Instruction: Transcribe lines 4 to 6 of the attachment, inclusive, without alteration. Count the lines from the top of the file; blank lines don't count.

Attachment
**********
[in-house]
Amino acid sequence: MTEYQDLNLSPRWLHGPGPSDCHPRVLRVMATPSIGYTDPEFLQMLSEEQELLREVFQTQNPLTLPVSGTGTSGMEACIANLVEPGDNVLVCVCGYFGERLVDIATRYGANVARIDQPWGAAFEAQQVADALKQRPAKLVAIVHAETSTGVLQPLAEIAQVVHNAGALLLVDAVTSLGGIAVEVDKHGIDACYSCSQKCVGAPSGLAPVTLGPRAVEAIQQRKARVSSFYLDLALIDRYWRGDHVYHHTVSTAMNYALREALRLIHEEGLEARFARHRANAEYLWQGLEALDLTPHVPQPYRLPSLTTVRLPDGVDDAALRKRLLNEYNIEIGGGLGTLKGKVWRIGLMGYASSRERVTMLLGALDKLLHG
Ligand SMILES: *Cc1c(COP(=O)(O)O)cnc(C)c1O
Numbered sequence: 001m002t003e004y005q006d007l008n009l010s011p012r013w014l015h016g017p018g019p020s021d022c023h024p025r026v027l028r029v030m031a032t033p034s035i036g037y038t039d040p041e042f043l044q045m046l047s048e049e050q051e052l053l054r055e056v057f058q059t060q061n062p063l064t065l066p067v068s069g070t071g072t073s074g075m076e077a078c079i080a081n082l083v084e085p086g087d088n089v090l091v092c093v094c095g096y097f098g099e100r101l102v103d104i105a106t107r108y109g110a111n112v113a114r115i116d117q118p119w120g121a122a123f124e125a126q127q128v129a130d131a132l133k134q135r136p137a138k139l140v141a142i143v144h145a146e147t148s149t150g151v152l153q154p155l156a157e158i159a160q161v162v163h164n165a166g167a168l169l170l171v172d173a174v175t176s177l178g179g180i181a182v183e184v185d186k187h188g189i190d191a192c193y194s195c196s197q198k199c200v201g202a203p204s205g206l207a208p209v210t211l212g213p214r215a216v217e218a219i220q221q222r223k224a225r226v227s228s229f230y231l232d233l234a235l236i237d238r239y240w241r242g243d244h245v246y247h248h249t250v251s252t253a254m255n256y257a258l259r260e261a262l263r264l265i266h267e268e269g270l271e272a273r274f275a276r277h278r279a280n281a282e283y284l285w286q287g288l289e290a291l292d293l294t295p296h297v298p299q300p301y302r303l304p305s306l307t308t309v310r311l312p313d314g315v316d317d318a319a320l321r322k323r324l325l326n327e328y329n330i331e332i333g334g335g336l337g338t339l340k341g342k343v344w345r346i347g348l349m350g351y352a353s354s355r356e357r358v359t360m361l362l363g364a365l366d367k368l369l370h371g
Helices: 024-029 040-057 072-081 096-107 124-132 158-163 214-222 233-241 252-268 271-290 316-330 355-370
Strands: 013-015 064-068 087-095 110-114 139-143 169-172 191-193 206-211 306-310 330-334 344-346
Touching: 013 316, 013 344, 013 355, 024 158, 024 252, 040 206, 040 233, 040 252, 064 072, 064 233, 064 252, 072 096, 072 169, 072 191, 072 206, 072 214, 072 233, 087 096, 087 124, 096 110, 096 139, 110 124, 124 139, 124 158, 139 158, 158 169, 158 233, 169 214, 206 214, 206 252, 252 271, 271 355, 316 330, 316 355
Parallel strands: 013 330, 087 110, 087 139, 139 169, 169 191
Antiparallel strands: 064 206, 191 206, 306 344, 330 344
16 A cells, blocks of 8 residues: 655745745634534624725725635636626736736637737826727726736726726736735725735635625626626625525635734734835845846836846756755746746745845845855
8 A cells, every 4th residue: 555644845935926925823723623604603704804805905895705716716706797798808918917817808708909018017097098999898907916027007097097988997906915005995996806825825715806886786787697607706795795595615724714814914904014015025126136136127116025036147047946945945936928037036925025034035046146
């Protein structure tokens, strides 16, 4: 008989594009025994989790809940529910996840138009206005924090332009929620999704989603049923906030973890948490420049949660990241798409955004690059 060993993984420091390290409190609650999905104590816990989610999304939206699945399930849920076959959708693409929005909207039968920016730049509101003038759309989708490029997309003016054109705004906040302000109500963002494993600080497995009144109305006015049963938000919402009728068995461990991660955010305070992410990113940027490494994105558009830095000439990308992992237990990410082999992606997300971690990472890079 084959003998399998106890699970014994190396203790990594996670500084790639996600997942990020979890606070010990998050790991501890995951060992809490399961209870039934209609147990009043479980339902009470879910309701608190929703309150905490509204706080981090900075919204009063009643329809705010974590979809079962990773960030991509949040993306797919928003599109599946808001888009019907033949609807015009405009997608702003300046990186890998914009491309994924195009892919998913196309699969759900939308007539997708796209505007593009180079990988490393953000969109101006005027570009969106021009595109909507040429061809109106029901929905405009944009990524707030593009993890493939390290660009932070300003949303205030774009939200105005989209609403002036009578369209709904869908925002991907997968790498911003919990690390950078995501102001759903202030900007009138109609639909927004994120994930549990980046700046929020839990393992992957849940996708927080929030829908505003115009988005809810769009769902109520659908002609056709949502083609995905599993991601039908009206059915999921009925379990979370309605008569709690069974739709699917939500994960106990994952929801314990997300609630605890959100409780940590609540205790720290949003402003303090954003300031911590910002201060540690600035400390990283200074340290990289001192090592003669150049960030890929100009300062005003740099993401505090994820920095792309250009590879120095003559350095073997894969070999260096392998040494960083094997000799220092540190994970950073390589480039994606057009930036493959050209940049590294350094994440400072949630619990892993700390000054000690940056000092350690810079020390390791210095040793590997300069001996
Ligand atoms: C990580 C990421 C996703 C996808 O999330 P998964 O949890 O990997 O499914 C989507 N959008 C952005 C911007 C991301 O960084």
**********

Numbered sequence: 001m002t003e004y005q006d007l008n009l010s011p012r013w014l015h016g017p018g019p020s021d022c023h024p025r026v027l028r029v030m031a032t033p034s035i036g037y038t039d040p041e042f043l044q045m046l047s048e049e050q051e052l053l054r055e056v057f058q059t060q061n062p063l064t065l066p067v068s069g070t071g072t073s074g075m076e077a078c079i080a081n082l083v084e085p086g087d088n089v090l091v092c093v094c095g096y097f098g099e100r101l102v103d104i105a106t107r108y109g110a111n112v113a114r115i116d117q118p119w120g121a122a123f124e125a126q127q128v129a130d131a132l133k134q135r136p137a138k139l140v141a142i143v144h145a146e147t148s149t150g151v152l153q154p155l156a157e158i159a160q161v162v163h164n165a166g167a168l169l170l171v172d173a174v175t176s177l178g179g180i181a182v183e184v185d186k187h188g189i190d191a192c193y194s195c196s197q198k199c200v201g202a203p204s205g206l207a208p209v210t211l212g213p214r215a216v217e218a219i220q221q222r223k224a225r226v227s228s229f230y231l232d233l234a235l236i237d238r239y240w241r242g243d244h245v246y247h248h249t250v251s252t253a254m255n256y257a258l259r260e261a262l263r264l265i266h267e268e269g270l271e272a273r274f275a276r277h278r279a280n281a282e283y284l285w286q287g288l289e290a291l292d293l294t295p296h297v298p299q300p301y302r303l304p305s306l307t308t309v310r311l312p313d314g315v316d317d318a319a320l321r322k323r324l325l326n327e328y329n330i331e332i333g334g335g336l337g338t339l340k341g342k343v344w345r346i347g348l349m350g351y352a353s354s355r356e357r358v359t360m361l362l363g364a365l366d367k368l369l370h371g
Helices: 024-029 040-057 072-081 096-107 124-132 158-163 214-222 233-241 252-268 271-290 316-330 355-370
Strands: 013-015 064-068 087-095 110-114 139-143 169-172 191-193 206-211 306-310 330-334 344-346